Takeaway: With the post-Fukushima radiation cleanup expected to last decades, many Japanese are rethinking the use of nuclear power, but the stringent conservation measures introduced to offset the power lost from the idled reactors also weigh on people’s minds. “Fukushima showed us that nuclear power is dangerous,” a fisherman told the Times correspondent, “but we still need it.”

For CQ Researcher coverage, see Marcia Clemmitt, “Nuclear Power,” June 10, 2011; and archived reports dating to the 1950s.

--Kenneth Jost, Associate Editor


Wall Street's Broken Windows
William K. Black, New Economic Perspectives, March 4, 2012

Synopsis: Several years ago, criminologist James Q. Wilson proposed the so-called "broken windows" theory of policing — which held that cracking down on vandalism and other low-level crime would ultimately reduce more serious crime as well. Now law professor Bill Black, who helped expose congressional corruption during the savings-&-loan-debacle, suggests that the broken windows approach might be more effective at controlling rampant white-collar crime than it has been at stopping street crime.

Takeaway: Wilson's "research focus in criminology was almost exclusively blue-collar crime. That was a shame because ‘broken windows’ theory is most compelling in the context of elite white-collar crime," writes Black. Wilson, who died this month, "predicted in his work on “broken windows” that tolerating widespread smaller crimes would lead to epidemic levels of larger crimes because it undermined community and social restraints. The epidemics of elite white-collar crime that have driven our recurrent, intensifying financial crises have proven this point."

For related material, see Kenneth Jost's Jan. 20, 2012, CQ Researcher report, “Financial Misconduct,” and Maryann Hagerty's May 6, 2011, report, “Business Ethics.”

--Marcia Clemmitt, Staff Writer


Adventures of a Teenage Polyglot
By John Leland, The New York Times, March 12, 2012

Synopsis: If you’re like me, you struggled with Spanish in high school, squeaked past your final exam and moved on. Then there’s 16-year-old Timothy Doner of New York City. “After studying for his bar mitzvah, he decided he wanted to learn modern Hebrew,” writes John Leland. “Then he felt drawn to learn Arabic. It took him four days to learn the alphabet, a week to read fluidly. Then he dived into Russian, Italian, Persian, Swahili, Indonesian, Hindi, Ojibwe, Pashto, Turkish, Hausa, Kurdish, Yiddish, Dutch, Croatian and German.”

Takeaway: “Hyperpolyglots have been the objects of curiosity at least since the 19th century, when Cardinal Giuseppe Mezzofanti of Bologna was said to have mastered more than 50 languages. For nearly as long, people have debated whether their ability was innate or learned. The answer, neurolinguists are now discovering, is a bit of both, said Loraine Obler, a linguist who has studied bilingualism’s effect on the brain. “ ‘There are people whose brains are set up to do language learning,’ she said, ‘the same way some people are more talented at drawing.’ Also, she added, ‘The brain’s ability to absorb increases as we know more languages.’”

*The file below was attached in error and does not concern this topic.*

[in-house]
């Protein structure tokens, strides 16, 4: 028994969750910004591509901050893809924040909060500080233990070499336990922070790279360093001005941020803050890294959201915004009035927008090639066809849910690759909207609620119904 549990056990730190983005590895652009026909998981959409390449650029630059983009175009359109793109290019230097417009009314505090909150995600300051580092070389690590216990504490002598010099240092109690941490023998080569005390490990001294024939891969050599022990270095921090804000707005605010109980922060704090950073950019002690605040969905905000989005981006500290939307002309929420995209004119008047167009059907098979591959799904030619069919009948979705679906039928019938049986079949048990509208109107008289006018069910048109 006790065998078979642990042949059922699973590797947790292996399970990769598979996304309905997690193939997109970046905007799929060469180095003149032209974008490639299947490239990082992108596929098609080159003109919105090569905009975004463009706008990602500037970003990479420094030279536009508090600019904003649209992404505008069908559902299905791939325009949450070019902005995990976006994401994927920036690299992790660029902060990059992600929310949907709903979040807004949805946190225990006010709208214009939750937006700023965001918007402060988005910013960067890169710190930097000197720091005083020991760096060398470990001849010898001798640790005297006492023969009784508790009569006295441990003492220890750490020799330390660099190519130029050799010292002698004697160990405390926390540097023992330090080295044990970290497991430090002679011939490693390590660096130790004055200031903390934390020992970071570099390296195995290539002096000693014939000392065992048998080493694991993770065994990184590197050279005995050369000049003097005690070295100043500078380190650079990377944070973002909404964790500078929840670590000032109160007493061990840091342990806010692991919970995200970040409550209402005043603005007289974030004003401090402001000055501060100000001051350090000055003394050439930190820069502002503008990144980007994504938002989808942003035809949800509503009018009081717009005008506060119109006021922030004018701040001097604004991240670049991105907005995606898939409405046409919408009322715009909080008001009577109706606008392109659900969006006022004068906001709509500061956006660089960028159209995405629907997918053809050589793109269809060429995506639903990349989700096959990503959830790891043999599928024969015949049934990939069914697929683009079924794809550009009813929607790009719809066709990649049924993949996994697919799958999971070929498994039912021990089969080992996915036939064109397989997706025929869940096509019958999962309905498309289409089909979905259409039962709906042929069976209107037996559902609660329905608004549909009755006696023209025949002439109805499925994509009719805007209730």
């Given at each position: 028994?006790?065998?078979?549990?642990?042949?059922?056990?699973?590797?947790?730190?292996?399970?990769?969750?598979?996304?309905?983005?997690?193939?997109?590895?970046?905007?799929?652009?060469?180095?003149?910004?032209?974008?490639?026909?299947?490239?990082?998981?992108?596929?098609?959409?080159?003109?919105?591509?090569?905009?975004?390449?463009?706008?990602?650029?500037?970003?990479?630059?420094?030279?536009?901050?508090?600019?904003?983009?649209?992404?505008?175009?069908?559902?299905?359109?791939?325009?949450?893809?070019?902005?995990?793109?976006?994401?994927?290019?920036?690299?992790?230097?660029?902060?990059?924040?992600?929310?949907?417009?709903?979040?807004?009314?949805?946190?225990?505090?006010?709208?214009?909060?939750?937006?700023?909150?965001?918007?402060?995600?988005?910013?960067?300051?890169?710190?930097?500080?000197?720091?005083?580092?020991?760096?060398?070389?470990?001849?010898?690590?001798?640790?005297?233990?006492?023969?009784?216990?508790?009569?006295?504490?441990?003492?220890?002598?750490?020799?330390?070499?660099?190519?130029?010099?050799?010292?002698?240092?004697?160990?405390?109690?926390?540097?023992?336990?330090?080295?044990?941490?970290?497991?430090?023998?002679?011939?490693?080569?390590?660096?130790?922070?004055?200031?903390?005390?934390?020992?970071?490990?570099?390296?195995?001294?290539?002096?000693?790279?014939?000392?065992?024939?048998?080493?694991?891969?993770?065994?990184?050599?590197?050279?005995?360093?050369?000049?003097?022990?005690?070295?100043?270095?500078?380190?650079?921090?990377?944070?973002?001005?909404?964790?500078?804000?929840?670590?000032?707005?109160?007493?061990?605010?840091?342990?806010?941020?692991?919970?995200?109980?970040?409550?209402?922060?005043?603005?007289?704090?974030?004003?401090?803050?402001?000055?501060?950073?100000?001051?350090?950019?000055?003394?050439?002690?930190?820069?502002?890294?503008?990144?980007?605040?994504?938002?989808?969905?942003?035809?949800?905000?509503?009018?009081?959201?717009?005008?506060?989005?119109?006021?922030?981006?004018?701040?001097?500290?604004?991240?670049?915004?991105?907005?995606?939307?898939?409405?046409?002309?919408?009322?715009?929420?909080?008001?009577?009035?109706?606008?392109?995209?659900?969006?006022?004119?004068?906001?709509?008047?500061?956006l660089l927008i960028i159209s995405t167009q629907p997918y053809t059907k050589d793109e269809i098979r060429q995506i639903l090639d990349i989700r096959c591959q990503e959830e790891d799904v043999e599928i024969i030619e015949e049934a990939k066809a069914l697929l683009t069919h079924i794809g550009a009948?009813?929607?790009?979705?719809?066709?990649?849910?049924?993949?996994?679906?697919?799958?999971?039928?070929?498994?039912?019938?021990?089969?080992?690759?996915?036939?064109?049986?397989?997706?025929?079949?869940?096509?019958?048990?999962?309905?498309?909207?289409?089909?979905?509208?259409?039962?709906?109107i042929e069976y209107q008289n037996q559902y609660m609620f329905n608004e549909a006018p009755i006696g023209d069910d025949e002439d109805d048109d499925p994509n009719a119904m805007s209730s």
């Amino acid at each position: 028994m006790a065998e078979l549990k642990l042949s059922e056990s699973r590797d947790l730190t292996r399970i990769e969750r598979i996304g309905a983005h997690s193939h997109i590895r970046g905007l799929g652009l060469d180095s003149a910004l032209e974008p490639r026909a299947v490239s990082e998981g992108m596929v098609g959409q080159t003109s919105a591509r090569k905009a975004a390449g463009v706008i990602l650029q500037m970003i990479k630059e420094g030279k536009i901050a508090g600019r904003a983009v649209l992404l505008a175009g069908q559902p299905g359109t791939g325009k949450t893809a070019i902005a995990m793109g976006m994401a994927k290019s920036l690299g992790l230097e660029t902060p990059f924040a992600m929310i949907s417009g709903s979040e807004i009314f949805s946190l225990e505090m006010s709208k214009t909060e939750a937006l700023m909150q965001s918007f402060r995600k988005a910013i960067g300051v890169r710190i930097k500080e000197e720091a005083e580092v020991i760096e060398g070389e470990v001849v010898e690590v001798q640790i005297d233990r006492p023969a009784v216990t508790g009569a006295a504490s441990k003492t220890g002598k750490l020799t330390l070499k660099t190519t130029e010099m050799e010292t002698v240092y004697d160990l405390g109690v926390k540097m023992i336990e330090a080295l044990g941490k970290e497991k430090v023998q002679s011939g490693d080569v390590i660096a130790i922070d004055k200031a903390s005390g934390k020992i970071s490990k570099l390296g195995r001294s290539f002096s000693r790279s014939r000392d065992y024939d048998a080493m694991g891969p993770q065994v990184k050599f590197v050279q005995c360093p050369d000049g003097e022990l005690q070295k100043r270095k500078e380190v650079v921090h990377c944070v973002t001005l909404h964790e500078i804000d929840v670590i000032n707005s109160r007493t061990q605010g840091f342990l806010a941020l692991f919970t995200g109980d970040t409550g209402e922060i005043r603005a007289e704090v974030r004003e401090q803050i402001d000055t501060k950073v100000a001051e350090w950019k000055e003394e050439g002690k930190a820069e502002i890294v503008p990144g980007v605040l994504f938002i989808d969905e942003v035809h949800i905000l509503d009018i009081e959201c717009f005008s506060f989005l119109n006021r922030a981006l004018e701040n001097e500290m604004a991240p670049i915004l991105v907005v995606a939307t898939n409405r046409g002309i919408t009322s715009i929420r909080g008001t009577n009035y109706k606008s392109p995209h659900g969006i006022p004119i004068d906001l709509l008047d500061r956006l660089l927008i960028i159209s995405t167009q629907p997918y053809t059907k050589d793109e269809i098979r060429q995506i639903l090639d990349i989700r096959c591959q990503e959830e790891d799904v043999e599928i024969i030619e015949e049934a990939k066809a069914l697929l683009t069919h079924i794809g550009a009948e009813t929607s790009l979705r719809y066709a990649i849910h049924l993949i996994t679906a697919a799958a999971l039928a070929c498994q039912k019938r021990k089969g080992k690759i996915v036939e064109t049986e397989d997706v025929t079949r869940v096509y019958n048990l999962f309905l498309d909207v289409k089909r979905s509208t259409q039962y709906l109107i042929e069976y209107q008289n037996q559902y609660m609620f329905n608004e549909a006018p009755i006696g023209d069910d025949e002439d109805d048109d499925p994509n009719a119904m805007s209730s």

For background see the following CQ Researcher reports: Kenneth Jost, “Bilingual Education vs. English Immersion,” Dec. 11, 2009, and Marcia Clemmitt, “Preventing Memory Loss,” April 4, 2008.

--Thomas J. Colin, Contributing Editor

This Week’s Report: “Immigration Conflict”

Illegal immigration remains an issue of deep concern to Americans, but one they are ambivalent about solving, Associate Editor Kenneth Jost writes in this week’s Researcher.

Some 11 million immigrants reside in the United States illegally, and six states – led by Arizona and Alabama – have passed stiff laws allowing police to look for immigration law violators. But civil rights organizations say the laws will lead to ethnic profiling of Latinos, and business and agricultural groups argue that harsh crackdowns on unlawful immigrants make it hard to find workers for difficult jobs.

Jost’s report is an in-depth and up-to-the-minute examination of one of the most important – and intractable – policy issues in the nation. It is ideal for classes and papers on social policy, civil rights, economics, law enforcement and political science.

--Thomas J. Billitteri, Managing Editor

This Week’s Report: Attracting Jobs

State and local governments seeking to attract jobs hand out as much as $70 billion in tax breaks and other incentives to business annually, and proponents say such incentives help localities prosper. But as staff writer Marcia Clemmitt notes in this week’s Researcher, many economists argue that subsides are poor investments of taxpayer dollars.

“Economists say many companies that receive perks fail to deliver promised jobs,” she writes. “And many also question whether the intense rivalry for jobs among states leads to little more than an economic shell game, with jobs moving from one place to another without a significant net national gain in employment.”

This report is ideal for classes and papers on economic policy, state and local governance, political science and labor relations.

--Thomas J. Billitteri, Managing Editor

Weekly Roundup 3/5/2012

Bearing Witness in Syria: A War Reporter’s Last Days
Tyler Hicks, The New York Times, March 4, 2012